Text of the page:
Mining is a high stakes industry. For the growing list of countries looking to translate underground assets into tangible benefits above the ground, the ability to negotiate and implement a good deal is critical. However, capacities to do so are often weak. A handy resource is now available to help countries. And it’s free!
I am a mining specialist, not a conflict specialist. But on my recent trip to Sierra Leone, I was struck by the ever-present need to look at extractive industries through the lens of conflict prevention. The devastating 11-year civil war in Sierra Leone, in large part fueled by local alluvial diamond mining, is impossible to separate from future mining development. With over 50,000 deaths due to the civil war, we cannot ignore the link between conflict and mining.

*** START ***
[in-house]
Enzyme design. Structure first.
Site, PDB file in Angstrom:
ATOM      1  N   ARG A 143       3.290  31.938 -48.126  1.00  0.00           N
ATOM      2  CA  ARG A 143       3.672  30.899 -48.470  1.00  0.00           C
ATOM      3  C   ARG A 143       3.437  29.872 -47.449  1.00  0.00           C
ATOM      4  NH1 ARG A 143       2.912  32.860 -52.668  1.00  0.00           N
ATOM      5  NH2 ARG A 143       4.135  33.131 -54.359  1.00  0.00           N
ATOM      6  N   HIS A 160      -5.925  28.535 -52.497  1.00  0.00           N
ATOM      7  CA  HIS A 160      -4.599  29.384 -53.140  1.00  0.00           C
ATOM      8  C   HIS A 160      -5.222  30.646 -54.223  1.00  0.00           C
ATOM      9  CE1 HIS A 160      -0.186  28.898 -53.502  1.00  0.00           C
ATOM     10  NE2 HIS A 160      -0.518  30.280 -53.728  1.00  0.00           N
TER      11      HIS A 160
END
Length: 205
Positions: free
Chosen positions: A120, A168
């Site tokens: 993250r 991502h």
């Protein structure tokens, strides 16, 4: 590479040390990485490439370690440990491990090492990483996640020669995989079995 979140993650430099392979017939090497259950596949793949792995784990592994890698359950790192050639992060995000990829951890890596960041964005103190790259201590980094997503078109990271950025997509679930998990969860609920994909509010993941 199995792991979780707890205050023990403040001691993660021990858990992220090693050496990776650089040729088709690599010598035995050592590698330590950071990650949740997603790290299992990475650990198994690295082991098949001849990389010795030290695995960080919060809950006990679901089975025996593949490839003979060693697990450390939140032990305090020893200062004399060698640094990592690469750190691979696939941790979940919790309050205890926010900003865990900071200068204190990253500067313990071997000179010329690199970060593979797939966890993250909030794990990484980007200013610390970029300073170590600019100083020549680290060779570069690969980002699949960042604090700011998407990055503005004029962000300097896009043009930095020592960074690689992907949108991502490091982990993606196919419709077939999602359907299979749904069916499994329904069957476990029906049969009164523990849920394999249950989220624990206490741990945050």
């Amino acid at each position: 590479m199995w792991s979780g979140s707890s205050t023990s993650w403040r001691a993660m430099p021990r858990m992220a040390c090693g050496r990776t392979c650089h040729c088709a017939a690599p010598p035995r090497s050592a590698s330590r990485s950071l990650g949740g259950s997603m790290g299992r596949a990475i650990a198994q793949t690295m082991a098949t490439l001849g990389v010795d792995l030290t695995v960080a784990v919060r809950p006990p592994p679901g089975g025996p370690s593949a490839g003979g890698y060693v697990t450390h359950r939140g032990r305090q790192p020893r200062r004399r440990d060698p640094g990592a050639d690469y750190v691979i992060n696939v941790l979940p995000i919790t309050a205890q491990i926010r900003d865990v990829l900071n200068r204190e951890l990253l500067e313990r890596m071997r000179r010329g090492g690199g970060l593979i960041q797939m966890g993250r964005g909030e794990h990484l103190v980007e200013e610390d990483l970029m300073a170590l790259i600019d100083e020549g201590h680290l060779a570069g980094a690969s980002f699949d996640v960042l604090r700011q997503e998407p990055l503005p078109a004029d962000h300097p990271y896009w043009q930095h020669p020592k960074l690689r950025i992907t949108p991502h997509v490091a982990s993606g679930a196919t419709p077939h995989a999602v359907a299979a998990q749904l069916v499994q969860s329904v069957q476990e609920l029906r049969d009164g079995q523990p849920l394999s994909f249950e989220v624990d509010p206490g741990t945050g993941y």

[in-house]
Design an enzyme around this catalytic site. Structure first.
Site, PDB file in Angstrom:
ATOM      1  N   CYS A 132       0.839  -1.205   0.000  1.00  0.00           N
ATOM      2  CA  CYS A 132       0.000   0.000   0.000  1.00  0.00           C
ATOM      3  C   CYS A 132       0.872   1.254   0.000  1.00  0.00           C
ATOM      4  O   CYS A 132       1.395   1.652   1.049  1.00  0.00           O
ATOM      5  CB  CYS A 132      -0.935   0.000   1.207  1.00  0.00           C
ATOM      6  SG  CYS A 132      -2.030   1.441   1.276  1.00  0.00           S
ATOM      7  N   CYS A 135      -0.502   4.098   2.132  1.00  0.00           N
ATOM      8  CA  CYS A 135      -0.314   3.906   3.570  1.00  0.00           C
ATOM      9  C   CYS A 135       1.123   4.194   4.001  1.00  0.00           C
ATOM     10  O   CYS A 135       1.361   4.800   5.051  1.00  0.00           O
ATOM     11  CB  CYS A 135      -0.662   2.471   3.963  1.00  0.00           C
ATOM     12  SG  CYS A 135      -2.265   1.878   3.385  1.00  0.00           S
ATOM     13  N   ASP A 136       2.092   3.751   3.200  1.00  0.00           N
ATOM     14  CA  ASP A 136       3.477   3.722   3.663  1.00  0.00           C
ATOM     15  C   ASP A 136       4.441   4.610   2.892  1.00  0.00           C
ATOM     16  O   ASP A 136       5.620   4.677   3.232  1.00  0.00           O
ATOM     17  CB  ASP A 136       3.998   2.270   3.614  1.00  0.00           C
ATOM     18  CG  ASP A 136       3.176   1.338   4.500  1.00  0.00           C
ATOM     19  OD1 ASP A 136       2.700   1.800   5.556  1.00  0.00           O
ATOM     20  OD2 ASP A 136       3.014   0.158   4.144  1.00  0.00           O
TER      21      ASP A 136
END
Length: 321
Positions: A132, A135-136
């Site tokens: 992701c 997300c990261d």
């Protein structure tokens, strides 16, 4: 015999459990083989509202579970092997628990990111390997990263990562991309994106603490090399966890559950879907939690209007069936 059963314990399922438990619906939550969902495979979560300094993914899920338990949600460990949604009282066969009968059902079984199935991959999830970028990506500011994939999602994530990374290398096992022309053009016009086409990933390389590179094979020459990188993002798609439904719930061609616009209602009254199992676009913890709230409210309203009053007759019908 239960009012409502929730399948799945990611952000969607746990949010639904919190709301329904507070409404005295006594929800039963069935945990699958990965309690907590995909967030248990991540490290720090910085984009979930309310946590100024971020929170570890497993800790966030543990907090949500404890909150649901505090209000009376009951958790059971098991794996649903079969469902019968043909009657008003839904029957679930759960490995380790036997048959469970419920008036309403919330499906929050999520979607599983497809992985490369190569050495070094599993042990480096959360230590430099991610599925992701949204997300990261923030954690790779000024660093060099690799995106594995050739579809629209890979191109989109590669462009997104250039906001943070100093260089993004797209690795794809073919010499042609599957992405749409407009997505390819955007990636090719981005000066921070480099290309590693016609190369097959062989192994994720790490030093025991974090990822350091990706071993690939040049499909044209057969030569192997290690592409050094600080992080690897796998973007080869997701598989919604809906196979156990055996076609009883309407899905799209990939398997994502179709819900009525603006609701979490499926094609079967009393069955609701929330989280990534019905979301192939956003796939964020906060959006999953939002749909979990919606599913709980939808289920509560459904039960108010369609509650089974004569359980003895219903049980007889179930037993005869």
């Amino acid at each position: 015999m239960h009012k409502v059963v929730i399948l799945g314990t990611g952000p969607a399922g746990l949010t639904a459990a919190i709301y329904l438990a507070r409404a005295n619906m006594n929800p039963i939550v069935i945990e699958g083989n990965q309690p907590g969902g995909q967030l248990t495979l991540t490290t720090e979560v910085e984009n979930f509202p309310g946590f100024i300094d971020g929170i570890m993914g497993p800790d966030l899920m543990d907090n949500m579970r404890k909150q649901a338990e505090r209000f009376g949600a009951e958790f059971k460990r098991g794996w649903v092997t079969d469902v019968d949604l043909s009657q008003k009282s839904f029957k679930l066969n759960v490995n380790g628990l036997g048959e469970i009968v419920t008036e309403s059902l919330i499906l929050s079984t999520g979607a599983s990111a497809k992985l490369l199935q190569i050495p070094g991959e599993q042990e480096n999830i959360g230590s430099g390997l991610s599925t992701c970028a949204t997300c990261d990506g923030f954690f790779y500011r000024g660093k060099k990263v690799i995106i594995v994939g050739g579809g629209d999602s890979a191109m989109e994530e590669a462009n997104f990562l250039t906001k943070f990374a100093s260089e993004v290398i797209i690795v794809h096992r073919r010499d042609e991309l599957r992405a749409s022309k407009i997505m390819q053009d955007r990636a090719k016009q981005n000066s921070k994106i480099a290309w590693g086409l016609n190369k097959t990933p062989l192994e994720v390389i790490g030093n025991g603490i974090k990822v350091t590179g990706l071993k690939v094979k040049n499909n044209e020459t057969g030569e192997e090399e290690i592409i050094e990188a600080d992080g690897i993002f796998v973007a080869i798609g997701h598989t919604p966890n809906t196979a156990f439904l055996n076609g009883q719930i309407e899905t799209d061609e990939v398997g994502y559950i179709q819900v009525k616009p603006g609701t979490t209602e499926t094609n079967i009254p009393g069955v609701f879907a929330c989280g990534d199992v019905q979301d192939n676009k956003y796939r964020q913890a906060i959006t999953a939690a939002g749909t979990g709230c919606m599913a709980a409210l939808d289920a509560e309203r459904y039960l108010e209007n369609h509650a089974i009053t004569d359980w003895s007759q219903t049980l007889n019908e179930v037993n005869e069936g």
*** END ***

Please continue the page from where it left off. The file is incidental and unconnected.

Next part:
Film is a powerful tool for explaining environmental issues. I first learnt this lesson while trying to enlist local communities in northern Vietnam to help protect a strange blue faced and critically endangered primate called the Tonkin Snub Nosed Monkey. After a morning spent bombarding local leaders with facts and figures, they were polite but unmoved.